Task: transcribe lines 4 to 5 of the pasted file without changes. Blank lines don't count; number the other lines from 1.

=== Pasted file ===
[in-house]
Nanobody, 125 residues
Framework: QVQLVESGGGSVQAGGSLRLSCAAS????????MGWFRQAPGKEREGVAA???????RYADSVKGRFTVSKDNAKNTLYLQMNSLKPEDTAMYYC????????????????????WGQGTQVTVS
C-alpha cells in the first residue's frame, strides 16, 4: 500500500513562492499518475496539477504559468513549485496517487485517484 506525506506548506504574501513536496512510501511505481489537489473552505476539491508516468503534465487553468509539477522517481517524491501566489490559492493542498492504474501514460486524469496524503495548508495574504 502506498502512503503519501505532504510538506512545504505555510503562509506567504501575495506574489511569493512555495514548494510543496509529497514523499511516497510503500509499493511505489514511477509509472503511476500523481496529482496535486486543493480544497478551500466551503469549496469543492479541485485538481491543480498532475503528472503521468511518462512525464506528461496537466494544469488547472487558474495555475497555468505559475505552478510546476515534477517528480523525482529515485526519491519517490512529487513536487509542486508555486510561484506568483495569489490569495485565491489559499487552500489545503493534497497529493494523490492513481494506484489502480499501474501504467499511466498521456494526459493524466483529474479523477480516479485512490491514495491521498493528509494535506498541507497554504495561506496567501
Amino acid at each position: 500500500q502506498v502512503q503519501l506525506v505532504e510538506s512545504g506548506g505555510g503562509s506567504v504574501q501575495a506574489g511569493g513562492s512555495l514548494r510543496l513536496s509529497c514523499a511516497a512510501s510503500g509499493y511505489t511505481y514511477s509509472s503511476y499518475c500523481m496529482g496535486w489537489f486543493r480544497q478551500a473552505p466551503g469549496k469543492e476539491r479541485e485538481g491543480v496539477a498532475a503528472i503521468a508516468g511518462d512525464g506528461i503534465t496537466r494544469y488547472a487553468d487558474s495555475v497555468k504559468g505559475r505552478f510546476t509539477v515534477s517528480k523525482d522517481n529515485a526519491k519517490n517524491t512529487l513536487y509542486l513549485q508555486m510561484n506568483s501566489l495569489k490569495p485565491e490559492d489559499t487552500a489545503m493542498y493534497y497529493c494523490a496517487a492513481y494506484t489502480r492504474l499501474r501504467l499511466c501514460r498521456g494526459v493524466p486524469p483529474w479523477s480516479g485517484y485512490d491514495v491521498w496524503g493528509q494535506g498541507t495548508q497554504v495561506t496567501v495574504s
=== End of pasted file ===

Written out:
C-alpha cells in the first residue's frame, strides 16, 4: 500500500513562492499518475496539477504559468513549485496517487485517484 506525506506548506504574501513536496512510501511505481489537489473552505476539491508516468503534465487553468509539477522517481517524491501566489490559492493542498492504474501514460486524469496524503495548508495574504 502506498502512503503519501505532504510538506512545504505555510503562509506567504501575495506574489511569493512555495514548494510543496509529497514523499511516497510503500509499493511505489514511477509509472503511476500523481496529482496535486486543493480544497478551500466551503469549496469543492479541485485538481491543480498532475503528472503521468511518462512525464506528461496537466494544469488547472487558474495555475497555468505559475505552478510546476515534477517528480523525482529515485526519491519517490512529487513536487509542486508555486510561484506568483495569489490569495485565491489559499487552500489545503493534497497529493494523490492513481494506484489502480499501474501504467499511466498521456494526459493524466483529474479523477480516479485512490491514495491521498493528509494535506498541507497554504495561506496567501
Amino acid at each position: 500500500q502506498v502512503q503519501l506525506v505532504e510538506s512545504g506548506g505555510g503562509s506567504v504574501q501575495a506574489g511569493g513562492s512555495l514548494r510543496l513536496s509529497c514523499a511516497a512510501s510503500g509499493y511505489t511505481y514511477s509509472s503511476y499518475c500523481m496529482g496535486w489537489f486543493r480544497q478551500a473552505p466551503g469549496k469543492e476539491r479541485e485538481g491543480v496539477a498532475a503528472i503521468a508516468g511518462d512525464g506528461i503534465t496537466r494544469y488547472a487553468d487558474s495555475v497555468k504559468g505559475r505552478f510546476t509539477v515534477s517528480k523525482d522517481n529515485a526519491k519517490n517524491t512529487l513536487y509542486l513549485q508555486m510561484n506568483s501566489l495569489k490569495p485565491e490559492d489559499t487552500a489545503m493542498y493534497y497529493c494523490a496517487a492513481y494506484t489502480r492504474l499501474r501504467l499511466c501514460r498521456g494526459v493524466p486524469p483529474w479523477s480516479g485517484y485512490d491514495v491521498w496524503g493528509q494535506g498541507t495548508q497554504v495561506t496567501v495574504s